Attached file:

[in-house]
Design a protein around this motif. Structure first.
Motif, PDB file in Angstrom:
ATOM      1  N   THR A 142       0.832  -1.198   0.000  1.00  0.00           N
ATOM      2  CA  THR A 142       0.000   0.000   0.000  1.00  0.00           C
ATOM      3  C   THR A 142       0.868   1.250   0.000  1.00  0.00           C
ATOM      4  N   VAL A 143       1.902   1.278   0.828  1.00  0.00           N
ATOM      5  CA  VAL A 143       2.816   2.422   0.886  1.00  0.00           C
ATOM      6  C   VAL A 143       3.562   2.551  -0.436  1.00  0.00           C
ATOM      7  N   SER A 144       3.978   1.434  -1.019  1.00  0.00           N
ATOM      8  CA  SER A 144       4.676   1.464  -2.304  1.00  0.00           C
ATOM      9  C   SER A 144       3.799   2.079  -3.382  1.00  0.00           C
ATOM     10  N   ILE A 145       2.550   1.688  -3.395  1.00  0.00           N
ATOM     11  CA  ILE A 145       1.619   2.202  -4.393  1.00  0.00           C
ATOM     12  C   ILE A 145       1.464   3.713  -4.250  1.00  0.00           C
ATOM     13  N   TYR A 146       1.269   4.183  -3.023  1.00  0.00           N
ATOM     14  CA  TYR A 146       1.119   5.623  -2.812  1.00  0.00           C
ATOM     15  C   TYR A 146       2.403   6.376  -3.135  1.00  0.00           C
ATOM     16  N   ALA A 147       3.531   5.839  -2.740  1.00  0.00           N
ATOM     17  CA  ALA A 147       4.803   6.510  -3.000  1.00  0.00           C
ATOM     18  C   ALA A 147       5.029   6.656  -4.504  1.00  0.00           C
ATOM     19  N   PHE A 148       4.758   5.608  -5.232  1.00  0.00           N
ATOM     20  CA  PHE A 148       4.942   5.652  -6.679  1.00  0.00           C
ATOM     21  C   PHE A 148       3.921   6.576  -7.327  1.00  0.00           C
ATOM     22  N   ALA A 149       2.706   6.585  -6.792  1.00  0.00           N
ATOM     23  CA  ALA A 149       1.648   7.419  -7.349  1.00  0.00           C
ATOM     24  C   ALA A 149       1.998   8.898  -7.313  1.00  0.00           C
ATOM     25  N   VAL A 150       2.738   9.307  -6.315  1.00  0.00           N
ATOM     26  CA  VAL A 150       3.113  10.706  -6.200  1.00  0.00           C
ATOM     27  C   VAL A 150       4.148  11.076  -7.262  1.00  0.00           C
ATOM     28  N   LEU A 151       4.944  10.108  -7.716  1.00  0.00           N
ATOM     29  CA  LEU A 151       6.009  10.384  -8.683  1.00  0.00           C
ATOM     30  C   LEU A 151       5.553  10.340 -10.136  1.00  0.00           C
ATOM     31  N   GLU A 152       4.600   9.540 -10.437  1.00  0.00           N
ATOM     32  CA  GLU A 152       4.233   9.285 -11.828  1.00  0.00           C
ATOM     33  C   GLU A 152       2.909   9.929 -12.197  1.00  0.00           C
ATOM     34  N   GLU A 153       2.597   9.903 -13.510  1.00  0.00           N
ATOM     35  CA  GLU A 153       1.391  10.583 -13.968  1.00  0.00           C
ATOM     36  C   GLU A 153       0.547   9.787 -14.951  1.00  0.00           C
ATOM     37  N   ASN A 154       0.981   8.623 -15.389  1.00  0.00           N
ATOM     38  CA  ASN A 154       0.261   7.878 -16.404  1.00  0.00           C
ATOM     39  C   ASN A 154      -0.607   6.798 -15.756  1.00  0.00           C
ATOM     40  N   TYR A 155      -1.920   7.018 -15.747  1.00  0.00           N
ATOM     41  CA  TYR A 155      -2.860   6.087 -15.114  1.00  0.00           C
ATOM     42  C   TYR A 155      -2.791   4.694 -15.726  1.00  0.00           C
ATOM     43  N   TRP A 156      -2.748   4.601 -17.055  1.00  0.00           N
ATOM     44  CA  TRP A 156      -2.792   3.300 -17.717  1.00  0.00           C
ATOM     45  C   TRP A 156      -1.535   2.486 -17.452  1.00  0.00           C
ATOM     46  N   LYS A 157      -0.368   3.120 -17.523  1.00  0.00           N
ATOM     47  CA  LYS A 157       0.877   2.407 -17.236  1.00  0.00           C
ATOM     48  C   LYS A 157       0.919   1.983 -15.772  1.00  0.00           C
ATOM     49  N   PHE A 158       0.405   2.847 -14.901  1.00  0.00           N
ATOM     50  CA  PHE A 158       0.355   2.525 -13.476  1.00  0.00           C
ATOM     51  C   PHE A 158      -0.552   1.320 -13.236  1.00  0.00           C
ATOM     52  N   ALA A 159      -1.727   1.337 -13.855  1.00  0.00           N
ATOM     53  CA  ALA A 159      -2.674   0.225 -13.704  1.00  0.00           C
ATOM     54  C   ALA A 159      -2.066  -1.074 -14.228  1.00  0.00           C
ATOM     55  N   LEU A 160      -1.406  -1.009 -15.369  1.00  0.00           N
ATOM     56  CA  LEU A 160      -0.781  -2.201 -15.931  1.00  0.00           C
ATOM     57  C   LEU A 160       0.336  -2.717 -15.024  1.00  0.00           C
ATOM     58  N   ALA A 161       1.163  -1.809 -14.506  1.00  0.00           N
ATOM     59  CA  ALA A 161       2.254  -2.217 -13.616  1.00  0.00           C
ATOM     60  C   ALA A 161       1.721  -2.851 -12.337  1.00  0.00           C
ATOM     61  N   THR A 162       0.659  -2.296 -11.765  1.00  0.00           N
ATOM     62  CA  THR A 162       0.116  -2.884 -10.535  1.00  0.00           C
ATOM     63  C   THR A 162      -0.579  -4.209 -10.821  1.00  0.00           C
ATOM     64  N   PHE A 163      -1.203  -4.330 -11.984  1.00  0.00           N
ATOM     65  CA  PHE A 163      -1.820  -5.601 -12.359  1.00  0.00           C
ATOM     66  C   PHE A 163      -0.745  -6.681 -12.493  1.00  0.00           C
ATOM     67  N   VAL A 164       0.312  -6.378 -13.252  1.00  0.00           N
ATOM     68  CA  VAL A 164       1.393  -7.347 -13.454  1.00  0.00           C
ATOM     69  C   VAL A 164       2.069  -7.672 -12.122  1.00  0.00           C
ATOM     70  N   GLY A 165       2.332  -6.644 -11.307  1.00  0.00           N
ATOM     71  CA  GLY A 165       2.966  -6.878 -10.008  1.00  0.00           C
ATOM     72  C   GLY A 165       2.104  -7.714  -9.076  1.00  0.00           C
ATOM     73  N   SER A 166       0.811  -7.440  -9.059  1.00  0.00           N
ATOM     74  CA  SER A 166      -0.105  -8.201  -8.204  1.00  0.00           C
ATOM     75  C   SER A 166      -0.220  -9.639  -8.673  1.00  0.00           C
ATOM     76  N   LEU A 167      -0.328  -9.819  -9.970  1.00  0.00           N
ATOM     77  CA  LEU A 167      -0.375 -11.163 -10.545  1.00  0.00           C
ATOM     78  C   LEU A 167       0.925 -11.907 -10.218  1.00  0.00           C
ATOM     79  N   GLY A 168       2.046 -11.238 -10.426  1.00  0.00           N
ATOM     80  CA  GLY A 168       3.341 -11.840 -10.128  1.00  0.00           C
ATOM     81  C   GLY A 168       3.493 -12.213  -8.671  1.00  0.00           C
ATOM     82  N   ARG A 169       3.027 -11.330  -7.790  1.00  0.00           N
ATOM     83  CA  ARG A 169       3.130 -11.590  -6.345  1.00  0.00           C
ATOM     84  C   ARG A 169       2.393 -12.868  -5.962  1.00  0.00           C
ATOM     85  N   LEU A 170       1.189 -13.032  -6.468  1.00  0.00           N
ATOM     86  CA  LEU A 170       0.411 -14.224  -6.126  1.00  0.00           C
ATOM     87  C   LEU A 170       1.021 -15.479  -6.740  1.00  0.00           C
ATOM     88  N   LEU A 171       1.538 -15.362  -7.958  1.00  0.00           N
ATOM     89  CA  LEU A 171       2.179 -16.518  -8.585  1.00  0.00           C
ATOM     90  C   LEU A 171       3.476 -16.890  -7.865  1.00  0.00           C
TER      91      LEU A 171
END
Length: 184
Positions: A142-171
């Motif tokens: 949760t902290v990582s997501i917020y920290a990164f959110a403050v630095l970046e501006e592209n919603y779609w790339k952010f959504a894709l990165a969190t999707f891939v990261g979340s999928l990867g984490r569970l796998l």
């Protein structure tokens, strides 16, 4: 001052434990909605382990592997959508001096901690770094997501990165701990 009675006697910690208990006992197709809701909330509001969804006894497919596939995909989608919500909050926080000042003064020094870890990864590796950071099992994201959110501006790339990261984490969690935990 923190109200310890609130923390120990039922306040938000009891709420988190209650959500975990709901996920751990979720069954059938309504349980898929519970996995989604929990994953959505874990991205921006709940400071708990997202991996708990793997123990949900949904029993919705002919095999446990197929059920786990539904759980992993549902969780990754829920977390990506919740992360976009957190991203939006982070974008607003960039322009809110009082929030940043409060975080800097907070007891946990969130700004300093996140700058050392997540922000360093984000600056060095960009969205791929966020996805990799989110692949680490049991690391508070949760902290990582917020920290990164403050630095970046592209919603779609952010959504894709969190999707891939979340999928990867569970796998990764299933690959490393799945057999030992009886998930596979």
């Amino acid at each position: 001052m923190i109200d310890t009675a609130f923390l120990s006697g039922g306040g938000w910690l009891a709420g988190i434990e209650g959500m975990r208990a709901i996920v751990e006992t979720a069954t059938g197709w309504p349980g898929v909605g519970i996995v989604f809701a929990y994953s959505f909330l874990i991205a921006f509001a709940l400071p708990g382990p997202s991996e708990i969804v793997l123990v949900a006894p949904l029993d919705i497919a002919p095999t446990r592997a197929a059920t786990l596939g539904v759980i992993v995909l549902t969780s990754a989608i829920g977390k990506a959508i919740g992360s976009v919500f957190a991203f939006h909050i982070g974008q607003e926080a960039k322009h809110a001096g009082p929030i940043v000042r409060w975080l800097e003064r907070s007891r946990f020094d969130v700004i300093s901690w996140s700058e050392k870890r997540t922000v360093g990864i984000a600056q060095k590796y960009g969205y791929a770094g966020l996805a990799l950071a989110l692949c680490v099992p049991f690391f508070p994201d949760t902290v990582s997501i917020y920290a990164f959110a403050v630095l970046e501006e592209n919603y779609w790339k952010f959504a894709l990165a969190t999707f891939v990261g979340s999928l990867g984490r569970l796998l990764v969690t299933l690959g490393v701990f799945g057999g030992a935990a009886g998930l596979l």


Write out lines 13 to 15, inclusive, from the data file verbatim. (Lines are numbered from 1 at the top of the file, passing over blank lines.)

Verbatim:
ATOM     10  N   ILE A 145       2.550   1.688  -3.395  1.00  0.00           N
ATOM     11  CA  ILE A 145       1.619   2.202  -4.393  1.00  0.00           C
ATOM     12  C   ILE A 145       1.464   3.713  -4.250  1.00  0.00           C